The 'Kraft Defense' & Oshkosh Common Council Rules

Here is a blast from the past:

Council's "Kraft Defense" Doesn't Wash

For the six Councilors to resort to the "Kraft Defense" (i.e. "We were only following the City Attorney's advice.") is crafty, but just doesn't wash. When we elect people to the Council, we should be able to expect that they are capable of comprehending the plain language of the state statutes governing open meetings. We should also expect that they will act independently and according to their own conscience, especially when millions of tax dollars are involved. In the case of the February 14th closed meeting, the impropriety was so clear that the Councilors should not even have had to ask for Kraft's advice before refusing to attend. Or at the very least, they should have listened to the citizens who warned them of the probable violation of law that would take place should they attend, and ask Kraft to solicit advice from the AG's office before proceeding.
I hope Mayor Paul Esslinger and Deputy Mayor Tony Palmeri remember this post from Mr. Palmeri's blog before the next council meeting.

As pointed out in two recent articles in the Northwestern:

Bar, tavern fee repeal could have benefit for Esslinger

James Fitzhenry: Ordinance change shows dark side of mayoral politics

Mayor Esslinger has a stake in two items before the council at the next meeting:

Oshkosh Mayor Paul Esslinger helped shape a resolution to repeal fees that could save the tavern he owns hundreds of dollars annually if approved by the Common Council next month.

Councilor Dennis McHugh sponsored the ordinance that calls for eliminating municipal fees for inspecting jukeboxes, live entertainment, pool tables, bowling alleys, video games and gambling machines, limited service restaurant inspections, temporary banners and projecting signs. Rolling back the fees would cost the city nearly $50,000 in revenue each year.

Esslinger, who owns Screwballs Sports Pub on North Main Street, joined McHugh for a March 16 meeting with City Manager Mark Rohloff to discuss drafting the resolution. The ordinance had a first reading, but no formal action, at the March 23 council meeting.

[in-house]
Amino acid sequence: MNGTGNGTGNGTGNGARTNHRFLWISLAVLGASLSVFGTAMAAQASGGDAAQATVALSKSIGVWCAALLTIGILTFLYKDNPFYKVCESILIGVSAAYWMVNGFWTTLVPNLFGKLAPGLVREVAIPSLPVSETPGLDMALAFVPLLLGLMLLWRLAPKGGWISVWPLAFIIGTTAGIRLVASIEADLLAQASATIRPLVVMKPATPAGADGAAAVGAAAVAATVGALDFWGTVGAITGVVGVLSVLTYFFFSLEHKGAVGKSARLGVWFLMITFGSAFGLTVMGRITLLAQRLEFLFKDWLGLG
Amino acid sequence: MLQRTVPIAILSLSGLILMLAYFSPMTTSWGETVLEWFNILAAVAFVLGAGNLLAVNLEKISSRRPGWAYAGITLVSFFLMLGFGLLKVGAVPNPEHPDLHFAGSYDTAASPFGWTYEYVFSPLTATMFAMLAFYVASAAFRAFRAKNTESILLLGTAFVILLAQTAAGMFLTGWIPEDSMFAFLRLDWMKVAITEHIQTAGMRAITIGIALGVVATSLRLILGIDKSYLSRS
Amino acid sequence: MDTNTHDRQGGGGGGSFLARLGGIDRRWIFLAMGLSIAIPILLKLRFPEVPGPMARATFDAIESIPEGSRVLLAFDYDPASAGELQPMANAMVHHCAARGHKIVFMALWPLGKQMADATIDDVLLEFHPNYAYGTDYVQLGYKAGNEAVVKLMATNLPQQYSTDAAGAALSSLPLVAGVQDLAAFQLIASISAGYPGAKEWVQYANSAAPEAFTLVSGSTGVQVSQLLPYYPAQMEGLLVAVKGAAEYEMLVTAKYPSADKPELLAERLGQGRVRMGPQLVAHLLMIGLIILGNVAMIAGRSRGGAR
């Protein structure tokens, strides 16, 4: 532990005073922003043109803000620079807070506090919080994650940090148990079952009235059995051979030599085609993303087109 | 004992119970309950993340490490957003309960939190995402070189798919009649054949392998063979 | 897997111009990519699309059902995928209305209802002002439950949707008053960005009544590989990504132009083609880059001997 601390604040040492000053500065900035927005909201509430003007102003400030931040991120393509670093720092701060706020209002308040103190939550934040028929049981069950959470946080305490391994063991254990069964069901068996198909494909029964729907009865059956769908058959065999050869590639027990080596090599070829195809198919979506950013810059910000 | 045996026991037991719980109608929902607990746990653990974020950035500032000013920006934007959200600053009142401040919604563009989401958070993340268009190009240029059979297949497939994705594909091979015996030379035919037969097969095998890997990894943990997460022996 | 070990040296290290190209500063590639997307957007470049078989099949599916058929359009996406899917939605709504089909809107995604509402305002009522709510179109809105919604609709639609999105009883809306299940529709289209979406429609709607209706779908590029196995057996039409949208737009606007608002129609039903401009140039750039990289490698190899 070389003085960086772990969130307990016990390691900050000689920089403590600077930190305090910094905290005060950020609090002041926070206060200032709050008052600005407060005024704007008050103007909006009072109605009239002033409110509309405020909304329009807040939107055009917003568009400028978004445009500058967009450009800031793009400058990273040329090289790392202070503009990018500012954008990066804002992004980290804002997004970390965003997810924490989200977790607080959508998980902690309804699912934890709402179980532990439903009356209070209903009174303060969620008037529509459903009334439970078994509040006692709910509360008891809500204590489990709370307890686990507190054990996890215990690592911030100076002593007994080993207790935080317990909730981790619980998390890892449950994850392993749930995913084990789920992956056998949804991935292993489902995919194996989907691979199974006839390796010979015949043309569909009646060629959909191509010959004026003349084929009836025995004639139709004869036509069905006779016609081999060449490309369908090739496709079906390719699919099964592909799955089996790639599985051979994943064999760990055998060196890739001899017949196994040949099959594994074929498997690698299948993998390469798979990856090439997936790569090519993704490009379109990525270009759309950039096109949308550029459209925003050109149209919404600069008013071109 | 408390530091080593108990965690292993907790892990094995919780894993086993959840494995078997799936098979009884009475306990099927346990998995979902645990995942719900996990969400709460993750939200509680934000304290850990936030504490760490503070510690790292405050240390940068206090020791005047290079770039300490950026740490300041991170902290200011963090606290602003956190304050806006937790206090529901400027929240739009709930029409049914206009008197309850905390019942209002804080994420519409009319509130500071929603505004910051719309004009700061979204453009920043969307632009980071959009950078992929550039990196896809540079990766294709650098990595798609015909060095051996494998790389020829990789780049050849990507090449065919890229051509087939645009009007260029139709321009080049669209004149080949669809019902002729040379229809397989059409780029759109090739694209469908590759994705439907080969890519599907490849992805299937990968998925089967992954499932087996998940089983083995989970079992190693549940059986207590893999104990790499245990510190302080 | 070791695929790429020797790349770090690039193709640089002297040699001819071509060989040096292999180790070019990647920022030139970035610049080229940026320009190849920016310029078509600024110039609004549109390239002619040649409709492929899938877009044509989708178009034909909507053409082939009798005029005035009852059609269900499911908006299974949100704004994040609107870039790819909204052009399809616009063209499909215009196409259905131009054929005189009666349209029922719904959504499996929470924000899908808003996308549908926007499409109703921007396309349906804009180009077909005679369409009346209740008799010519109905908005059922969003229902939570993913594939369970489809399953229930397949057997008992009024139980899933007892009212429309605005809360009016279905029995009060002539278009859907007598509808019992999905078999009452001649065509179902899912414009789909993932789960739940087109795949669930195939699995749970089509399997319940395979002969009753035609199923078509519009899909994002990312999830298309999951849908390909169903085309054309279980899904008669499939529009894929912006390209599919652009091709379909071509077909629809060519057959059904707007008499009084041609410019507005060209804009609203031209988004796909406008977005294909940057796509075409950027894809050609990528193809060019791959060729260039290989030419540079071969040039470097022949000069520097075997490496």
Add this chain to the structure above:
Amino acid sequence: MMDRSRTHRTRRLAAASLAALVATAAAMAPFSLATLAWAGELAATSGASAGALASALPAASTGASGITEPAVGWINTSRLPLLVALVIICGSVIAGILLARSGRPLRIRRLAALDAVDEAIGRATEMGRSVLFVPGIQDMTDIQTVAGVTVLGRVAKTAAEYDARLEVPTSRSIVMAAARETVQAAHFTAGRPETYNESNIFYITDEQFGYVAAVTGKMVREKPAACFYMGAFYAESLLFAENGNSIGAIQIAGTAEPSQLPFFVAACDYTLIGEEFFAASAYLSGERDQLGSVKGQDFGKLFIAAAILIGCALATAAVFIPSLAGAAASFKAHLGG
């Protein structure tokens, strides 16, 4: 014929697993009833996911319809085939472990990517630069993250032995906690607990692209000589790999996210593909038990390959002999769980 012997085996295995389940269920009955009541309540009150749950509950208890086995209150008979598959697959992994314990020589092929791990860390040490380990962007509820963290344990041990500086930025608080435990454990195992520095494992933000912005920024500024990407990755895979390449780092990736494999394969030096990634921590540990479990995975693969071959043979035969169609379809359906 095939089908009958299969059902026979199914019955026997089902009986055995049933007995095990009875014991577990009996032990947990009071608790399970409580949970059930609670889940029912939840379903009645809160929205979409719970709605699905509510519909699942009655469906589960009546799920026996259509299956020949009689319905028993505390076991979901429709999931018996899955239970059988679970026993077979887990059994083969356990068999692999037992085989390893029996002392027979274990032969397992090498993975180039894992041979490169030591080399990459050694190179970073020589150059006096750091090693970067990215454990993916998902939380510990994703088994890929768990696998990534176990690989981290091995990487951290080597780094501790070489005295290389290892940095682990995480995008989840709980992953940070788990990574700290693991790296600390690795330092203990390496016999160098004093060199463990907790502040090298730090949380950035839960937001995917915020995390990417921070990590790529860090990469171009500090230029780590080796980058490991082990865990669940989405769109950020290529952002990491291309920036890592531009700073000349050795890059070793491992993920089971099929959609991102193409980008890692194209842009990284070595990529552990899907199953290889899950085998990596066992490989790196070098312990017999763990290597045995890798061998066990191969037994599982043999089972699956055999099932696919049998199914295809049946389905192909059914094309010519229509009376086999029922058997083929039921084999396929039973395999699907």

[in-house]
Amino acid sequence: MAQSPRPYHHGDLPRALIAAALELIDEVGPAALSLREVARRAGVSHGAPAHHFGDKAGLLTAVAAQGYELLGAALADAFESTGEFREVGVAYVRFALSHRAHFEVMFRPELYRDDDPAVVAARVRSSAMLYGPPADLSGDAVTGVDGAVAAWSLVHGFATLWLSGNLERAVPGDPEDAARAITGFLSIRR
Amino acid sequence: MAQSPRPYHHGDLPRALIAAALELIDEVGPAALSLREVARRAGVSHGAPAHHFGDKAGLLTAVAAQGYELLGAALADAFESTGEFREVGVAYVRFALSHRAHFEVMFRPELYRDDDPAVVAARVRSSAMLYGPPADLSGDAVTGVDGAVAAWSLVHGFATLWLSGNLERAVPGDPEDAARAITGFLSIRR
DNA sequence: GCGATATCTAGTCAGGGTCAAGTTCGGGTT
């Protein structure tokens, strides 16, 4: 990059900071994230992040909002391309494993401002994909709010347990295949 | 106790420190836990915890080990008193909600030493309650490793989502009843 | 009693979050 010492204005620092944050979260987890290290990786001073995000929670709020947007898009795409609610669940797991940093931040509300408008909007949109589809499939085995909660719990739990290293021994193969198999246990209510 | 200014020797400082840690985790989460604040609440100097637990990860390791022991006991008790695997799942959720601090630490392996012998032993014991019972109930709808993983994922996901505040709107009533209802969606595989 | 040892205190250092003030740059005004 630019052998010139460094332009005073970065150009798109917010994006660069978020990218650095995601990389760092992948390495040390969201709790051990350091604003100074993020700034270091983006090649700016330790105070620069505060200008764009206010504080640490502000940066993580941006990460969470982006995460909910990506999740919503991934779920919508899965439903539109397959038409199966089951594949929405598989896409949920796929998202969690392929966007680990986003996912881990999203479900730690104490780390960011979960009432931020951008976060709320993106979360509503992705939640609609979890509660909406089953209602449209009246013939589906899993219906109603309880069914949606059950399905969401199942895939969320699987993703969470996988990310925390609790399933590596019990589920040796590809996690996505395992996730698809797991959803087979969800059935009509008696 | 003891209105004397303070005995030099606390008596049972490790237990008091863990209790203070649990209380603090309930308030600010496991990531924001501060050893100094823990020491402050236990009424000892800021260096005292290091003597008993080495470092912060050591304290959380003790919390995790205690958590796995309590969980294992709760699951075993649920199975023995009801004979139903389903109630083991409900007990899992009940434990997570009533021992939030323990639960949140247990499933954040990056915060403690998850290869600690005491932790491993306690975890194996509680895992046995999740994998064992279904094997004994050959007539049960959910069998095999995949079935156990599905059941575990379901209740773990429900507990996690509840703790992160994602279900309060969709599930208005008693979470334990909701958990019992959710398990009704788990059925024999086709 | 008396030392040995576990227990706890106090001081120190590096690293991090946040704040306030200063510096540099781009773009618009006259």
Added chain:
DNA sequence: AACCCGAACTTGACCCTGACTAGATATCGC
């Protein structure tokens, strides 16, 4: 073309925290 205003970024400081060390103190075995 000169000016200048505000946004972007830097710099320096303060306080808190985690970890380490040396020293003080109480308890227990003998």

Why does Mayor Esslinger feel it is OK to participate in this exercise, even though his business will benefit directly from the ordinance?

Esslinger said he has conferred with Oshkosh City Attorney Lynn Lorenson about McHugh’s proposal and he is “completely within his right” to participate and cast a vote on it.
I would hope that Deputy Mayor Palmeri will apply the same logic and standards he applied to former Councils and City Attorneys to this situation and demand Mayor Esslinger to not only refrain from voting on these issues, but to step down for the debate on these items.

Now, it is Mayor Esslinger's own choice whether or not to vote on these issues. He cannot be barred from that (but can be prosecuted/fined for it after if a conflict is determined).

However, by the City of Oshkosh's own Municipal Codes, Mayor Esslinger should not be participating in this debate to the extent he is:

The Mayor or other presiding officer of the Council may speak to any matter before the Council provided, however, that the chair is first vacated and the Deputy Mayor or other member is called upon to occupy it temporarily.
Deputy Mayor Palmeri or any other member of the council concerned about good government should demand that the Mayor follow their rules and step down for the discussion of these two resolutions.

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